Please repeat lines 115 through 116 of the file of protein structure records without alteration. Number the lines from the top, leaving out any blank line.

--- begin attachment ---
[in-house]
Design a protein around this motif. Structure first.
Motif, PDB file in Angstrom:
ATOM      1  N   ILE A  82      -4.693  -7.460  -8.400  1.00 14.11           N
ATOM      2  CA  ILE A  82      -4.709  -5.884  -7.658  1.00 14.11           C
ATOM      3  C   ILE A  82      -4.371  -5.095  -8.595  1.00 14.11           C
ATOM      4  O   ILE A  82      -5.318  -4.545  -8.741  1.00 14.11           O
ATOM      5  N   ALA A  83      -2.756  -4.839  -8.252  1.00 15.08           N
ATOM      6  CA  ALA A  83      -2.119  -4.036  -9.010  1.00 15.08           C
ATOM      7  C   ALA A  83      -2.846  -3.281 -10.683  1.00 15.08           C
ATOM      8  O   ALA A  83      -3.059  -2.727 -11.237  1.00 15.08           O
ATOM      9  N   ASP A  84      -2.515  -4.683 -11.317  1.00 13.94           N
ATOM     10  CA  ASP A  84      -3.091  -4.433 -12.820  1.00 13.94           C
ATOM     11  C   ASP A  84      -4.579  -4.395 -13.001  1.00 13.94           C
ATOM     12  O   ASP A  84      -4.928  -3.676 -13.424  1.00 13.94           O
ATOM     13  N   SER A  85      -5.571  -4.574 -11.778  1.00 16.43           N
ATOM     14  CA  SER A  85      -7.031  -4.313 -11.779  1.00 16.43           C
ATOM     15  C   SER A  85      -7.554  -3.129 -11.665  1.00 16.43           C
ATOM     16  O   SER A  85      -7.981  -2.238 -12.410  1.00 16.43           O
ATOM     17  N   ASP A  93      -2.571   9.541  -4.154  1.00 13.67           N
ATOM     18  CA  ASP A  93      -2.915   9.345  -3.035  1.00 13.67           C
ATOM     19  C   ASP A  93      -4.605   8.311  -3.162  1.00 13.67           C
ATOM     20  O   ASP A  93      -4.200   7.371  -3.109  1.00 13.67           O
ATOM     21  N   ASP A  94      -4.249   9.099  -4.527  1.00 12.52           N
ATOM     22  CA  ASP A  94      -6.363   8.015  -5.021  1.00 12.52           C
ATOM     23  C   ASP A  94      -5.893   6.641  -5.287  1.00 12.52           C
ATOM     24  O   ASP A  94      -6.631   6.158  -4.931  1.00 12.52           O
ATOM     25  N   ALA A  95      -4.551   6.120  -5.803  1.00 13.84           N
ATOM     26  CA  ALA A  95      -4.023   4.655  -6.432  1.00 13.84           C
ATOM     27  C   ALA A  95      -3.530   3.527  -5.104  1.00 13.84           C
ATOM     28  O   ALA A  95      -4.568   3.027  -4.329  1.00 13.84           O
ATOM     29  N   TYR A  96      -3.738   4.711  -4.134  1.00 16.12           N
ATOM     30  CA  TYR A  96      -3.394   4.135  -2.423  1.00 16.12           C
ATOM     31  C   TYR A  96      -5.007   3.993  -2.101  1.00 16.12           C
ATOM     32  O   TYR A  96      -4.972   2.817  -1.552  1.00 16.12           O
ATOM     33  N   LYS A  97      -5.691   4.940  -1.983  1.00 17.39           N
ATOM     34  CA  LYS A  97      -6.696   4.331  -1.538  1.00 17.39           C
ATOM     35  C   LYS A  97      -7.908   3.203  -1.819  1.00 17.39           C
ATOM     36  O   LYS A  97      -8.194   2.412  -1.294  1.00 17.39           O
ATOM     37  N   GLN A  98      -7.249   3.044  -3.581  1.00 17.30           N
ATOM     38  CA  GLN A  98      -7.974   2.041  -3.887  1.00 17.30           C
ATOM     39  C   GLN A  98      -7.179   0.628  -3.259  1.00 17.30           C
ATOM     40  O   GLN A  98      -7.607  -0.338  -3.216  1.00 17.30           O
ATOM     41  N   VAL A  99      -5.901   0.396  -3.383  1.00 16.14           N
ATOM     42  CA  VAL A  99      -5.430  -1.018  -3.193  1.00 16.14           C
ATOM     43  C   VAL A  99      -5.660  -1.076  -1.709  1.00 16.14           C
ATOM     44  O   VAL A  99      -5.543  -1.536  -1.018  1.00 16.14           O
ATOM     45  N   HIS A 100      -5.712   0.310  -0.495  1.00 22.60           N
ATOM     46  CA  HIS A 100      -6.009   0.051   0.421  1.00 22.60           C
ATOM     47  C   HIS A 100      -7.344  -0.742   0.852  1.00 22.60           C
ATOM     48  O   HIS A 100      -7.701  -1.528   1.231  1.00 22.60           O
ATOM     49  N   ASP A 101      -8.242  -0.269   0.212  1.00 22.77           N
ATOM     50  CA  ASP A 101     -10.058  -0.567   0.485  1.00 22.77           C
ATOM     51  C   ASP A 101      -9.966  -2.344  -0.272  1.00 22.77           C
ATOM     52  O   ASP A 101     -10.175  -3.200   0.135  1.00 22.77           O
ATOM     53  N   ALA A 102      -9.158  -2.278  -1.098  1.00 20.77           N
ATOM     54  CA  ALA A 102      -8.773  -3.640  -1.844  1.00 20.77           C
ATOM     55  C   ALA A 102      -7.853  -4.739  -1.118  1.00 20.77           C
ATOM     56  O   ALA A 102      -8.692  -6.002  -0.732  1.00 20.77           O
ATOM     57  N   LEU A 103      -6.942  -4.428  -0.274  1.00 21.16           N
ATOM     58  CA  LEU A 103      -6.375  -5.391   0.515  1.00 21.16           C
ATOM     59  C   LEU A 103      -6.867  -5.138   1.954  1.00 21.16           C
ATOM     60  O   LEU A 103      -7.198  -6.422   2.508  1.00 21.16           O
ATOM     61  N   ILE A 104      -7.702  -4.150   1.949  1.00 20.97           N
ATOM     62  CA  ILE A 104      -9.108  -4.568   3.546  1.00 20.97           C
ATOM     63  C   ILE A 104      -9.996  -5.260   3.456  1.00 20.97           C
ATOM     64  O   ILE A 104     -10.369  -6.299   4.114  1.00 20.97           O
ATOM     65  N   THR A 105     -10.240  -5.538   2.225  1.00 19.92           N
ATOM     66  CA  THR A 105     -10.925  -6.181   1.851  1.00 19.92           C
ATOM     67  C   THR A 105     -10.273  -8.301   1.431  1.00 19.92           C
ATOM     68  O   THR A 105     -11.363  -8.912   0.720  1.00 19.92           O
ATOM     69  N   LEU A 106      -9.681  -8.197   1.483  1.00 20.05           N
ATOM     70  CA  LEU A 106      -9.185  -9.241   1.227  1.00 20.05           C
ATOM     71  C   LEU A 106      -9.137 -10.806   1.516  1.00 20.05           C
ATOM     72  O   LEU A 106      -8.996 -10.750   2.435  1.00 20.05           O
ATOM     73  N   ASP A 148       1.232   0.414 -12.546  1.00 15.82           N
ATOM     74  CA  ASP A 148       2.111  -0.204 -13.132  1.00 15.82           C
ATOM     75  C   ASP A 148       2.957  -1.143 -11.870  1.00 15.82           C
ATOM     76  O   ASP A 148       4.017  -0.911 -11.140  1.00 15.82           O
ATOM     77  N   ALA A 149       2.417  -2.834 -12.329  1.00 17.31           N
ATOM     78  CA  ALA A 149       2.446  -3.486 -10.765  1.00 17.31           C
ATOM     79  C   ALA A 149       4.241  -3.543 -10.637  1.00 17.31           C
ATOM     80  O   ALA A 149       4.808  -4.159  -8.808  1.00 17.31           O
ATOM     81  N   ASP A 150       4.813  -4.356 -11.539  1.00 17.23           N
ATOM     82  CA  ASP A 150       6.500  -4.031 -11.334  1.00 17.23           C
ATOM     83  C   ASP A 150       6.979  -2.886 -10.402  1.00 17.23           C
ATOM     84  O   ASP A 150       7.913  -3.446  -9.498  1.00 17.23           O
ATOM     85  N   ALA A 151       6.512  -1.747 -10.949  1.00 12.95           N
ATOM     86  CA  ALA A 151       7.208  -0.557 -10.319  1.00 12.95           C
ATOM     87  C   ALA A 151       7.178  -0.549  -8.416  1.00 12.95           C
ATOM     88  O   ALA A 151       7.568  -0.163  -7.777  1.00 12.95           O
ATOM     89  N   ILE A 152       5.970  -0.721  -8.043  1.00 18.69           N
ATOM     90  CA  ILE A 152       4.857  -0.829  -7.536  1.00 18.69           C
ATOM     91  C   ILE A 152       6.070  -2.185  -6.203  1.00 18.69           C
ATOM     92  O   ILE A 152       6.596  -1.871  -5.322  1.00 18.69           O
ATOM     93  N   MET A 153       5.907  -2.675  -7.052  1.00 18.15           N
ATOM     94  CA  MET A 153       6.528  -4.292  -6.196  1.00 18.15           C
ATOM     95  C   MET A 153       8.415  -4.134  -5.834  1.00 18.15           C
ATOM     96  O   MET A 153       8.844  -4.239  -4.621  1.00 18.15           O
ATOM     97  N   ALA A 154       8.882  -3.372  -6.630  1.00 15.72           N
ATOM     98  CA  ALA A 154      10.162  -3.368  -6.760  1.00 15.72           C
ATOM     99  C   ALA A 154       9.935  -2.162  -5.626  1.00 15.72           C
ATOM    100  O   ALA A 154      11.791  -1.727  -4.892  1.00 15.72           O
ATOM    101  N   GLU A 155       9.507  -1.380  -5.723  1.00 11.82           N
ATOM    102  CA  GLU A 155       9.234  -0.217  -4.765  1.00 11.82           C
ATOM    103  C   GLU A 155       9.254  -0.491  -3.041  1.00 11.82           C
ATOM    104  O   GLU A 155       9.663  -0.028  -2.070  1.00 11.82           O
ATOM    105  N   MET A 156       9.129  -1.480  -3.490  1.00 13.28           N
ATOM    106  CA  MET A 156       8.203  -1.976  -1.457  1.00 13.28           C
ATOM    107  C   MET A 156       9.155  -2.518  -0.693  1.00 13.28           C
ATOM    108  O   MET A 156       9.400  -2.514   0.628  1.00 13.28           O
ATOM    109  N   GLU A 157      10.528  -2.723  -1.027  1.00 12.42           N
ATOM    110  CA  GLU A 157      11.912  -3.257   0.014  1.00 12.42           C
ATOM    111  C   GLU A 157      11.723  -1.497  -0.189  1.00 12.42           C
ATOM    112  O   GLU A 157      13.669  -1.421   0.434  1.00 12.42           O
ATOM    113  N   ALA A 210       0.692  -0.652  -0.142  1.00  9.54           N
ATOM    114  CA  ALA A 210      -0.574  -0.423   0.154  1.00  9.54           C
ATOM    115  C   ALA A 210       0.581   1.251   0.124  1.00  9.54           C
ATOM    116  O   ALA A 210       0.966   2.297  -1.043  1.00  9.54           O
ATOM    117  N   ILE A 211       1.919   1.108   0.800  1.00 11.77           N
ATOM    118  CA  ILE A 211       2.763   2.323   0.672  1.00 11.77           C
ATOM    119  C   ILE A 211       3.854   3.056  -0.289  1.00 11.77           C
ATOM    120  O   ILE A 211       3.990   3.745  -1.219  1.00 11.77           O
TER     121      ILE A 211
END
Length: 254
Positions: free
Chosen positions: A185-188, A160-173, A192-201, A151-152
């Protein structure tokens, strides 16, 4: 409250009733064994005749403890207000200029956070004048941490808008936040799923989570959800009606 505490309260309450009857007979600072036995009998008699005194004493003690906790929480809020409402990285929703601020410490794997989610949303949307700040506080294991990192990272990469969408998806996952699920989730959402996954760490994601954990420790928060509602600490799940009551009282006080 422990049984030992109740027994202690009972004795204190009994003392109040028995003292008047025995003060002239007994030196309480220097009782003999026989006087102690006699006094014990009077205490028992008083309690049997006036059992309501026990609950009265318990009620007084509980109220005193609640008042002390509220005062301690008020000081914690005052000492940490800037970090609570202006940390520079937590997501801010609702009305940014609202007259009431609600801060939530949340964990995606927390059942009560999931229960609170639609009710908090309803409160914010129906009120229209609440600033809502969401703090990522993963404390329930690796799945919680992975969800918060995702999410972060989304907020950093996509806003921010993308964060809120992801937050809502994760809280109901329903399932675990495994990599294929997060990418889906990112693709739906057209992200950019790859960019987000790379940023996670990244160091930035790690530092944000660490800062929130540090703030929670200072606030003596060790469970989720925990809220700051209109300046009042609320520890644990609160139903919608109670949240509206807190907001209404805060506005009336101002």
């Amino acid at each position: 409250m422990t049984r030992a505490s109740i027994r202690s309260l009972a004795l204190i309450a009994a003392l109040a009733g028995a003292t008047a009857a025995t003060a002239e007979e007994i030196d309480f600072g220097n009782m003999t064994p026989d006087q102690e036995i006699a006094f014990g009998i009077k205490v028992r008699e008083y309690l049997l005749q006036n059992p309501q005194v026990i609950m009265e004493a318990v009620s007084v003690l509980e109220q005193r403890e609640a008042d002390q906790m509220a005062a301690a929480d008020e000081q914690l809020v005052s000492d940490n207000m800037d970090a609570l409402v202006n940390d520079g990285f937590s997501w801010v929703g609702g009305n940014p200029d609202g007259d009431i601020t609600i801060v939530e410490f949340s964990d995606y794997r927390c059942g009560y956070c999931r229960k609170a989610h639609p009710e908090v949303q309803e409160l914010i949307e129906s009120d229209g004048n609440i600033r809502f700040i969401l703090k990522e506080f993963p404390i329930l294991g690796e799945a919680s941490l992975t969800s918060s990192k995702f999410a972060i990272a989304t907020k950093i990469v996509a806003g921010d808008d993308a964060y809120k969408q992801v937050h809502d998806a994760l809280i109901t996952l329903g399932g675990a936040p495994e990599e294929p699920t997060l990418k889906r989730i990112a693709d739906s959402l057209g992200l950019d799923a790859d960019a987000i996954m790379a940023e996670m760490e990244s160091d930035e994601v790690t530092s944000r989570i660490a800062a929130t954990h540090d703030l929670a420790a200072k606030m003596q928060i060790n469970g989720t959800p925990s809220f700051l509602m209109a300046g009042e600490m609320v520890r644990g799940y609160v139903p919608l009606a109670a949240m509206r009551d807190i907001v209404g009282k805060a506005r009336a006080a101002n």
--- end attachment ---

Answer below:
ATOM    112  O   GLU A 157      13.669  -1.421   0.434  1.00 12.42           O
ATOM    113  N   ALA A 210       0.692  -0.652  -0.142  1.00  9.54           N